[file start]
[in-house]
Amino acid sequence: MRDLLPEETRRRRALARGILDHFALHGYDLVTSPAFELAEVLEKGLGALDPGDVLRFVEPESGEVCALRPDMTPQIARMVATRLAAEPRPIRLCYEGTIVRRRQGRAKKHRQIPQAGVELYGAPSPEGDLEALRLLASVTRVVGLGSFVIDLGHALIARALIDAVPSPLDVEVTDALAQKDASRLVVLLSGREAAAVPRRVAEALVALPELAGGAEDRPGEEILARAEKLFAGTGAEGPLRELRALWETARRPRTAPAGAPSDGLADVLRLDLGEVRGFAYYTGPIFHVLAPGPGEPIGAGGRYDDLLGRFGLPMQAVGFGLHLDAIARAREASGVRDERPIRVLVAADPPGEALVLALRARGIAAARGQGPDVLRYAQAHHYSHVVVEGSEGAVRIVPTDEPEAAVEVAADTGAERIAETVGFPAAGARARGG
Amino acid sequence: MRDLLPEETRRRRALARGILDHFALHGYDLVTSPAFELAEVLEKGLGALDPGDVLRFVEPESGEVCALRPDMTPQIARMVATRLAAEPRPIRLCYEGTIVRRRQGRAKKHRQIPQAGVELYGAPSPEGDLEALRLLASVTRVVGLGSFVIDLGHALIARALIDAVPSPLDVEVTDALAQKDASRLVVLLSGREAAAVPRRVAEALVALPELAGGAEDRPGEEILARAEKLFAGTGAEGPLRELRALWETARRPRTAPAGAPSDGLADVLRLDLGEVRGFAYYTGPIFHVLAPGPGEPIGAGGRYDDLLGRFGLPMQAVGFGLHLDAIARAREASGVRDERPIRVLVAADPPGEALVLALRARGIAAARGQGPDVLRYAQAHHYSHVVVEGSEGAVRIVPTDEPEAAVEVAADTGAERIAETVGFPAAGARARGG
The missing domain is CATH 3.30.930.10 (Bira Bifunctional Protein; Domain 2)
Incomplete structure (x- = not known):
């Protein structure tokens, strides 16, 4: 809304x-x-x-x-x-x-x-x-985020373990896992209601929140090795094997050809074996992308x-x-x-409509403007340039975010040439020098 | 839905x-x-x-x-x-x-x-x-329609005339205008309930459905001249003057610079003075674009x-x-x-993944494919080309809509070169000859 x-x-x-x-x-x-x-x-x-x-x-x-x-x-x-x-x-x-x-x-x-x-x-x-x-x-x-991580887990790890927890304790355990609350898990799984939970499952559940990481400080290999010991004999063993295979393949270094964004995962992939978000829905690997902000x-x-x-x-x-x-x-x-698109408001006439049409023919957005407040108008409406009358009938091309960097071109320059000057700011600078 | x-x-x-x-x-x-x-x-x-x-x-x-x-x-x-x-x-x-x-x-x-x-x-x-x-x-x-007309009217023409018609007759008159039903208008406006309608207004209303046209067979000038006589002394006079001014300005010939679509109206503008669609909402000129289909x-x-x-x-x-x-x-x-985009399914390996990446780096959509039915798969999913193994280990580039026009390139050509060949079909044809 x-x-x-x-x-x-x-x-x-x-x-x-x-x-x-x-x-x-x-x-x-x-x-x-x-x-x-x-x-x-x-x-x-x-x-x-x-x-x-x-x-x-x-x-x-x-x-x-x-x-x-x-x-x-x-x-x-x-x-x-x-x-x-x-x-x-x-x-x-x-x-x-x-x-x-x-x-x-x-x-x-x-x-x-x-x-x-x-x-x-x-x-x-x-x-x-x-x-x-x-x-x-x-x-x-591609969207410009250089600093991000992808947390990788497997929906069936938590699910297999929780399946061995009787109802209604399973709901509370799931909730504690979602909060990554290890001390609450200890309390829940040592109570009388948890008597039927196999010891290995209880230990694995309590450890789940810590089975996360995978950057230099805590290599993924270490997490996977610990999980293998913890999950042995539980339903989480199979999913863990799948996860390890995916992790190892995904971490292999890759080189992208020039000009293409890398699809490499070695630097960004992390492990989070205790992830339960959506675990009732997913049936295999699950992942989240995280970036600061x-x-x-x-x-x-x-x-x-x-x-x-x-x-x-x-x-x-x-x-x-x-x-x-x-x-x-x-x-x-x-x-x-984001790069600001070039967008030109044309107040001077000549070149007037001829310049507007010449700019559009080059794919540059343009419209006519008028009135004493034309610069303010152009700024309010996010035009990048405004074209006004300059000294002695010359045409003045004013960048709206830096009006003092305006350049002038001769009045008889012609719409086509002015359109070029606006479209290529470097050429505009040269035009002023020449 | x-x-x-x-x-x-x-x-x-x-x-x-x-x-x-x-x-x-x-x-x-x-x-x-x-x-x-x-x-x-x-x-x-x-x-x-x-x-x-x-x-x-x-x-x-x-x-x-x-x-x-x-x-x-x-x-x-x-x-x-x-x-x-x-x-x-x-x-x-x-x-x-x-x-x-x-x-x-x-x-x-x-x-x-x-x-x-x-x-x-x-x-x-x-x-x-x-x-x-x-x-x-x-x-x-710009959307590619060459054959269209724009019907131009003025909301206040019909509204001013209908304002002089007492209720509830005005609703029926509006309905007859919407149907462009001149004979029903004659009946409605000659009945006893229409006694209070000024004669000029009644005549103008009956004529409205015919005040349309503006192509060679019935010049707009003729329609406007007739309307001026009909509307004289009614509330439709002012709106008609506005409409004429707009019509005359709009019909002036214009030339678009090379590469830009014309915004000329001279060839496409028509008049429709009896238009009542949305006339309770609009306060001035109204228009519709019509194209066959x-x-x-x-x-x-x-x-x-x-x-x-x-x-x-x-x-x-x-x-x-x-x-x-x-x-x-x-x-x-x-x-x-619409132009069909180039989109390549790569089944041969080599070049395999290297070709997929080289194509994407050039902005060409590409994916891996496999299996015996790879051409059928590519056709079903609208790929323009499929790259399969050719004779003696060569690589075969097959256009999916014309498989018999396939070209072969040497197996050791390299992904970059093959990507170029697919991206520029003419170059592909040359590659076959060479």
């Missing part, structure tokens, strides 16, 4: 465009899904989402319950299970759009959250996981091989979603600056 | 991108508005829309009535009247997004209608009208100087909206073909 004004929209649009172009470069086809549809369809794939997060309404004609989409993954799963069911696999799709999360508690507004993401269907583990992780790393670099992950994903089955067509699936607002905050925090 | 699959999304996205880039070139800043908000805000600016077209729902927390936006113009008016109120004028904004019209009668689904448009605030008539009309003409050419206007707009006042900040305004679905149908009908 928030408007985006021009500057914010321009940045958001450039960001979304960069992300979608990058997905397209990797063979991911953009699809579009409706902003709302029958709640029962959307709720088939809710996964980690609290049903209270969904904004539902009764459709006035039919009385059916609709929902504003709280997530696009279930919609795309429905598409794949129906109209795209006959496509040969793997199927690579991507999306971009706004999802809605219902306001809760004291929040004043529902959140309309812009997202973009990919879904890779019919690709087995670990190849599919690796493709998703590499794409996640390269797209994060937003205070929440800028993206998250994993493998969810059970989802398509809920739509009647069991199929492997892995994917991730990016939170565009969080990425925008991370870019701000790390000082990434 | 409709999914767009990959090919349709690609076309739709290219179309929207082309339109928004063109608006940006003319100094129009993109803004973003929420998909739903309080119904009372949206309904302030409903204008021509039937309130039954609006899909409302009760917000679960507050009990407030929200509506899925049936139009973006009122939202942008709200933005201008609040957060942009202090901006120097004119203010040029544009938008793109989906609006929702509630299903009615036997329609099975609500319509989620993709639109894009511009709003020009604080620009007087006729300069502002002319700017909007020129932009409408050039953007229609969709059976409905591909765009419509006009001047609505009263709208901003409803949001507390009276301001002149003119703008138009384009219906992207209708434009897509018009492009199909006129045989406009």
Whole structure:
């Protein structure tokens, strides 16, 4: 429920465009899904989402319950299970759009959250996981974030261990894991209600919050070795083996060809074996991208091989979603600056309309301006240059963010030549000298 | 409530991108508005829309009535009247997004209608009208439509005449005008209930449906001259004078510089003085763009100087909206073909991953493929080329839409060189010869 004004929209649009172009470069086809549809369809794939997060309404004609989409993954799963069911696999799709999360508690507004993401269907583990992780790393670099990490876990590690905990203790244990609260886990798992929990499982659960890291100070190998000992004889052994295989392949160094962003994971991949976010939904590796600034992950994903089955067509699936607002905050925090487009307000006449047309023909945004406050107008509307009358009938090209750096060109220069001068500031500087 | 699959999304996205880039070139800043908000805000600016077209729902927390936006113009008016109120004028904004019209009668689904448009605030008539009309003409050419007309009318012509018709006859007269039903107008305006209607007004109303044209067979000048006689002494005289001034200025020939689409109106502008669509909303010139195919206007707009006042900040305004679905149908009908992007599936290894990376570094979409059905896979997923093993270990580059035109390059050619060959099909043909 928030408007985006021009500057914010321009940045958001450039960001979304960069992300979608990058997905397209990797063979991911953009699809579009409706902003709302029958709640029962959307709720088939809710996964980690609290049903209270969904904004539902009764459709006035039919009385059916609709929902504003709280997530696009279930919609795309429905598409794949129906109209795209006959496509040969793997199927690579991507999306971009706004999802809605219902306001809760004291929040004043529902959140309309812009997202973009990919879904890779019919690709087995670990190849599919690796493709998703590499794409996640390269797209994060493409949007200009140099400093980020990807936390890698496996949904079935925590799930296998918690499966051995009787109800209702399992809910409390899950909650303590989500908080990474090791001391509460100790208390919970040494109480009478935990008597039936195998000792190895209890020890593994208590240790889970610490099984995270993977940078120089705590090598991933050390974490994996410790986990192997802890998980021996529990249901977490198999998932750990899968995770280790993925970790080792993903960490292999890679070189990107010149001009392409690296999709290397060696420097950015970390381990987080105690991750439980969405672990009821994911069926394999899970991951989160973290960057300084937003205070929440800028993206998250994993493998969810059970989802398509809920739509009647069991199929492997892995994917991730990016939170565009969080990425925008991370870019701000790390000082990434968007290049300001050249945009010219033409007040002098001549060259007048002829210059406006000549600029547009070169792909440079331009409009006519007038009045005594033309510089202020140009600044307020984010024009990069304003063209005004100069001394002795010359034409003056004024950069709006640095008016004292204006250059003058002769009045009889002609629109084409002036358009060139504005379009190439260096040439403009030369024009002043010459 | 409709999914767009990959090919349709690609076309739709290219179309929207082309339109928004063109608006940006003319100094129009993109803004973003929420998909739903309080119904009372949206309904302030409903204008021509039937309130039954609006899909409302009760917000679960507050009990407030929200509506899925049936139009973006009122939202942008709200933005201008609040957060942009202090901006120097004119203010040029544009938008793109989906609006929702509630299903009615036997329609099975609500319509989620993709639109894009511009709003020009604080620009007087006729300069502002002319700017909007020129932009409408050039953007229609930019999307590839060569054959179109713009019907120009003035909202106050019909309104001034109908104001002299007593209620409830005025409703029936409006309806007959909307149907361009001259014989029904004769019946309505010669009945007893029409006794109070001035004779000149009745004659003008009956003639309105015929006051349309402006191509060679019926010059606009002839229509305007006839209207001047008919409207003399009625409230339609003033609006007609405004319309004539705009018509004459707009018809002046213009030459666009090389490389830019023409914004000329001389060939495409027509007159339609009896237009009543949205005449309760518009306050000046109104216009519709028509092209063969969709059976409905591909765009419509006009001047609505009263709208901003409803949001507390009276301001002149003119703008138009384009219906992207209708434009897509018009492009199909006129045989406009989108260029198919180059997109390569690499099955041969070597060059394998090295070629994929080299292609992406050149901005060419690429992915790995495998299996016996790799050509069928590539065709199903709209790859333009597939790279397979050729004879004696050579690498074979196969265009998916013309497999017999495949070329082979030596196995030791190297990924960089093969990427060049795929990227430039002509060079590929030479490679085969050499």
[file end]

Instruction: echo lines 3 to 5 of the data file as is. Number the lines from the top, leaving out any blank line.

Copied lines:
Amino acid sequence: MRDLLPEETRRRRALARGILDHFALHGYDLVTSPAFELAEVLEKGLGALDPGDVLRFVEPESGEVCALRPDMTPQIARMVATRLAAEPRPIRLCYEGTIVRRRQGRAKKHRQIPQAGVELYGAPSPEGDLEALRLLASVTRVVGLGSFVIDLGHALIARALIDAVPSPLDVEVTDALAQKDASRLVVLLSGREAAAVPRRVAEALVALPELAGGAEDRPGEEILARAEKLFAGTGAEGPLRELRALWETARRPRTAPAGAPSDGLADVLRLDLGEVRGFAYYTGPIFHVLAPGPGEPIGAGGRYDDLLGRFGLPMQAVGFGLHLDAIARAREASGVRDERPIRVLVAADPPGEALVLALRARGIAAARGQGPDVLRYAQAHHYSHVVVEGSEGAVRIVPTDEPEAAVEVAADTGAERIAETVGFPAAGARARGG
The missing domain is CATH 3.30.930.10 (Bira Bifunctional Protein; Domain 2)
Incomplete structure (x- = not known):